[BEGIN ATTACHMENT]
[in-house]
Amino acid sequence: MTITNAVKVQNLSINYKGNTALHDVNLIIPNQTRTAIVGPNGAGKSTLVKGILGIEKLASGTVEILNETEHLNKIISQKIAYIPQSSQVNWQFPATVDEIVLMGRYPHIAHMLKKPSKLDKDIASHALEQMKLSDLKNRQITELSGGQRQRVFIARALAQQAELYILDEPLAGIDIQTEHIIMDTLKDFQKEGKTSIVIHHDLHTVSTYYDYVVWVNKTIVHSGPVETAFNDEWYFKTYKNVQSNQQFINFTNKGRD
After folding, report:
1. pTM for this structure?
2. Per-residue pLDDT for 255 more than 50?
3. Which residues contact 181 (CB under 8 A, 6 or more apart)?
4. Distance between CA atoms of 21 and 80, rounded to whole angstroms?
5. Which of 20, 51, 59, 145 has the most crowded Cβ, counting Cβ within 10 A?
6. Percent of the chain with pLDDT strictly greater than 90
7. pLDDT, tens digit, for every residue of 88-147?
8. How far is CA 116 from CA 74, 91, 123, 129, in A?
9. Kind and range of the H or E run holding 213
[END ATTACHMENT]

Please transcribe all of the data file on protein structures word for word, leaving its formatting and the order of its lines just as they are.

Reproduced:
[in-house]
Amino acid sequence: MTITNAVKVQNLSINYKGNTALHDVNLIIPNQTRTAIVGPNGAGKSTLVKGILGIEKLASGTVEILNETEHLNKIISQKIAYIPQSSQVNWQFPATVDEIVLMGRYPHIAHMLKKPSKLDKDIASHALEQMKLSDLKNRQITELSGGQRQRVFIARALAQQAELYILDEPLAGIDIQTEHIIMDTLKDFQKEGKTSIVIHHDLHTVSTYYDYVVWVNKTIVHSGPVETAFNDEWYFKTYKNVQSNQQFINFTNKGRD
After folding, report:
1. pTM for this structure?
2. Per-residue pLDDT for 255 more than 50?
3. Which residues contact 181 (CB under 8 A, 6 or more apart)?
4. Distance between CA atoms of 21 and 80, rounded to whole angstroms?
5. Which of 20, 51, 59, 145 has the most crowded Cβ, counting Cβ within 10 A?
6. Percent of the chain with pLDDT strictly greater than 90
7. pLDDT, tens digit, for every residue of 88-147?
8. How far is CA 116 from CA 74, 91, 123, 129, in A?
9. Kind and range of the H or E run holding 213